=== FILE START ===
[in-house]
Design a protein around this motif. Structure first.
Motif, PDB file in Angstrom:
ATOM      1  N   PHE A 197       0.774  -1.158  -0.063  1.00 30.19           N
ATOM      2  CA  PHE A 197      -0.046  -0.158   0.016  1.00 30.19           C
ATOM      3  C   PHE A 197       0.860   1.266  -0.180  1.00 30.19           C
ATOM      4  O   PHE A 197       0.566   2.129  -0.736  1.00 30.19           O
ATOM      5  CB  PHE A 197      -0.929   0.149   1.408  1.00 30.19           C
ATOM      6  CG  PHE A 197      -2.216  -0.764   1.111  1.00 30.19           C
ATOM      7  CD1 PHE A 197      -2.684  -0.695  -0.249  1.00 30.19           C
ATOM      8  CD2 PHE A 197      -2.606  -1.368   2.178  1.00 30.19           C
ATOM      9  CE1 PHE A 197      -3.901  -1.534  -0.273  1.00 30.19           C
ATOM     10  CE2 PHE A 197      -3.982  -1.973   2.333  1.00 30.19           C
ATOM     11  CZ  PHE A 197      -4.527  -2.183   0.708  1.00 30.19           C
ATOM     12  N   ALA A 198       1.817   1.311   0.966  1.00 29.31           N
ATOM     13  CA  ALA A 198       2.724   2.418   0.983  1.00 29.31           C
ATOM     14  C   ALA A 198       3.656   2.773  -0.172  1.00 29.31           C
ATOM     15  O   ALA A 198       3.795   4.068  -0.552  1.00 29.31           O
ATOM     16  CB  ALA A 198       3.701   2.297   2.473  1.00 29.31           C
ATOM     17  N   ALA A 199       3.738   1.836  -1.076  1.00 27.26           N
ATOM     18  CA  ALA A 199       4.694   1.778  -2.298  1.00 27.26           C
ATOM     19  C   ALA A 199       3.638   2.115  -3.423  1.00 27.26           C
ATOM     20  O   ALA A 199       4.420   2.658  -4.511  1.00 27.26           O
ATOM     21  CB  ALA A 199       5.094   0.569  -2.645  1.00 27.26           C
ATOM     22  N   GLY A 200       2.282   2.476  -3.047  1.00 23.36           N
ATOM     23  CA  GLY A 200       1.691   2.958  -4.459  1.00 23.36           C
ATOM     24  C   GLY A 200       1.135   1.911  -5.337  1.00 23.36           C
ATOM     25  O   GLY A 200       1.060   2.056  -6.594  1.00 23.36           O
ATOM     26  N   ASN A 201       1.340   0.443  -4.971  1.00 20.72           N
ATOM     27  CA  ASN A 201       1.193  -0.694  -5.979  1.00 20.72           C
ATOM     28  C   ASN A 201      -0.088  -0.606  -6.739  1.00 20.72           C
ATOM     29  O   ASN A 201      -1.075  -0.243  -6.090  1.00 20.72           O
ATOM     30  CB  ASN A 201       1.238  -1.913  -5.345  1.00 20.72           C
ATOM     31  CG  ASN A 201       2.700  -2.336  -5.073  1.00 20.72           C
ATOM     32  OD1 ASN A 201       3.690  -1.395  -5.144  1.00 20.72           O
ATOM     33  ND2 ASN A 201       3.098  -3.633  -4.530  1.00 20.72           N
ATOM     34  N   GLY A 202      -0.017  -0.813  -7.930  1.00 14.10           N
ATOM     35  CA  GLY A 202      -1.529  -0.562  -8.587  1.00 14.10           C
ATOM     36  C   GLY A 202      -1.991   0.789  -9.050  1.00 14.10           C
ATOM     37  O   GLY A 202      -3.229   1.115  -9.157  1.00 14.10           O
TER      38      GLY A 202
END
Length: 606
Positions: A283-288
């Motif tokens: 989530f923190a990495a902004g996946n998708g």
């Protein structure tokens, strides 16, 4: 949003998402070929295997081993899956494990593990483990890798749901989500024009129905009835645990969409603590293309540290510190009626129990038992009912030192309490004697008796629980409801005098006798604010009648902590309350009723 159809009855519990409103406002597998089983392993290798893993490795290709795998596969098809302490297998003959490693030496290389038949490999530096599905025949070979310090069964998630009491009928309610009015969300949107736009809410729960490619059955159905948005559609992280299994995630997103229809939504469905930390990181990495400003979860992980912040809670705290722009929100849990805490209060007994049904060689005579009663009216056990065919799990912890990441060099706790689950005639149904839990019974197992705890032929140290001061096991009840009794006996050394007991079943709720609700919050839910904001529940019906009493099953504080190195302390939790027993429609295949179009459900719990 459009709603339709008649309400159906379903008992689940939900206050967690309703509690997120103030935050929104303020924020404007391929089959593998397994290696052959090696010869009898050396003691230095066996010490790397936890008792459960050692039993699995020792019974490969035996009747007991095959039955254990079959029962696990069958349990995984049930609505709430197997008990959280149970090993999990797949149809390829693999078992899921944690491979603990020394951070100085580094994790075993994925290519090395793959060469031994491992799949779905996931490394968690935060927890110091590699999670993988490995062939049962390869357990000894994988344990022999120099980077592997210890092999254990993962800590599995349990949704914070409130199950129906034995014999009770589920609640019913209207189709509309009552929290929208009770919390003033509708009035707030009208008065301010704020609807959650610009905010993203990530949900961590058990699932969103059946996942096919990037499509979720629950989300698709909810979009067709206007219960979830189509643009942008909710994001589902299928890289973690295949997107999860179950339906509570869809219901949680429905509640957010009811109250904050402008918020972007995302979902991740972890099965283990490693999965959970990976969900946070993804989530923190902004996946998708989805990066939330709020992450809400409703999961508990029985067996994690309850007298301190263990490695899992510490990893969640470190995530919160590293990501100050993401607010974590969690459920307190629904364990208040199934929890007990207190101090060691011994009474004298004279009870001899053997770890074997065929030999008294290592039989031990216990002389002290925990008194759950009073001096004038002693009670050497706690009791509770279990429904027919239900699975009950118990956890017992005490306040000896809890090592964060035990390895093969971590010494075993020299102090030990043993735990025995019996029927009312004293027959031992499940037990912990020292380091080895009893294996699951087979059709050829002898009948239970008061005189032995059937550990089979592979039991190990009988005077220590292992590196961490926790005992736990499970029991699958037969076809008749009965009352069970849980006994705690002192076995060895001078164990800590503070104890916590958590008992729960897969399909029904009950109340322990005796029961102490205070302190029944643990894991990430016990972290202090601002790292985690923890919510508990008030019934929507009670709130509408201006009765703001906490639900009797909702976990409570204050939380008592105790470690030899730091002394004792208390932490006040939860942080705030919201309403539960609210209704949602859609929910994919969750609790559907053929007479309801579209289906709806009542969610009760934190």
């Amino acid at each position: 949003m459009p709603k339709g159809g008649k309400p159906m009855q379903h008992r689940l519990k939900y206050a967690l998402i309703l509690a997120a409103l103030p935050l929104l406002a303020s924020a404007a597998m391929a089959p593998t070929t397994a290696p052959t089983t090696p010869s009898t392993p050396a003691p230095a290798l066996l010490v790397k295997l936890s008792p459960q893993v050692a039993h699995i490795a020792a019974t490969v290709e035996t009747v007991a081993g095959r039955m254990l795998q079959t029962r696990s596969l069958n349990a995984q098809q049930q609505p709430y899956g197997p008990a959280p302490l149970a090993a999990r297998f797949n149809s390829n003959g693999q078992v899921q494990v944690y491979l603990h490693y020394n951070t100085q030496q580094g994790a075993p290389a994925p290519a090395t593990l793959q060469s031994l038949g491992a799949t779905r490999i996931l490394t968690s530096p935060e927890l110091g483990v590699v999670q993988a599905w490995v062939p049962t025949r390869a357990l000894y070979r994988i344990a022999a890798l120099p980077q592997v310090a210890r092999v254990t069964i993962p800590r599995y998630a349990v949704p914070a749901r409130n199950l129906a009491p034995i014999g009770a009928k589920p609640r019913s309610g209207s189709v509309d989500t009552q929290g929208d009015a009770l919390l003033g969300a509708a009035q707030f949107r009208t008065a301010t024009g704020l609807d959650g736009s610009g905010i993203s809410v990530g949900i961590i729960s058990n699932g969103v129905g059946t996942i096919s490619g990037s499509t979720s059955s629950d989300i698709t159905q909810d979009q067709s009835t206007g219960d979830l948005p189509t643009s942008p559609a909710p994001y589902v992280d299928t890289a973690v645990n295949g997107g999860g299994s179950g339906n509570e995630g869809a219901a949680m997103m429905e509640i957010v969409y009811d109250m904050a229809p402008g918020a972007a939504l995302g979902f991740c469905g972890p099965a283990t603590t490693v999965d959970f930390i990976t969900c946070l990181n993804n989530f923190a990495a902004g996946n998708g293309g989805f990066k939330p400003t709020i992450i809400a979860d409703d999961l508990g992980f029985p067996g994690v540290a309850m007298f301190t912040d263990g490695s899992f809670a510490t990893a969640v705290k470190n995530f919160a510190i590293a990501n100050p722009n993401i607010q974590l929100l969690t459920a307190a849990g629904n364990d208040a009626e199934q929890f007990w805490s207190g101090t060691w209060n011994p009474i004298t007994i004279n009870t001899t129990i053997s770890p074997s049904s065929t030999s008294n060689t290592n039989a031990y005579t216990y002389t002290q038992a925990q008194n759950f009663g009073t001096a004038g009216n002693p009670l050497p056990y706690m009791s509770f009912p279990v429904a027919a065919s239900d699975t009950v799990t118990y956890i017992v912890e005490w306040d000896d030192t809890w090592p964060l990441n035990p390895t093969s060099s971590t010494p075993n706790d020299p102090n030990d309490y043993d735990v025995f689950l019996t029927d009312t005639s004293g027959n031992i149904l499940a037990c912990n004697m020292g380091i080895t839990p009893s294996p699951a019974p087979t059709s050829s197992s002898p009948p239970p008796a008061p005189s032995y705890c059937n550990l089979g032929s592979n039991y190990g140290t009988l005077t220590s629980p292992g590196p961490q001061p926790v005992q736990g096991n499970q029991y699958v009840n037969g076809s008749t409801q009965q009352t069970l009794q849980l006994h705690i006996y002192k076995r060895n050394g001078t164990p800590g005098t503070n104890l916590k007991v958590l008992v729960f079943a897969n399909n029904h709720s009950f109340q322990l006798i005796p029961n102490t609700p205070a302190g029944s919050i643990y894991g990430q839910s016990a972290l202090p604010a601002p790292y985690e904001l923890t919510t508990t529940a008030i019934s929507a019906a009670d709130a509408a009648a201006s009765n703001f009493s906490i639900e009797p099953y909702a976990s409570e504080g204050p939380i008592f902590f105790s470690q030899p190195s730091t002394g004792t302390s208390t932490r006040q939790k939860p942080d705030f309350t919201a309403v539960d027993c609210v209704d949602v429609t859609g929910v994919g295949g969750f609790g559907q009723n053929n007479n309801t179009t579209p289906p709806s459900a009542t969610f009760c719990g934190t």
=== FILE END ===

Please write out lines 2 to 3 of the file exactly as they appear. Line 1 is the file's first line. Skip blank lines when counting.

Design a protein around this motif. Structure first.
Motif, PDB file in Angstrom: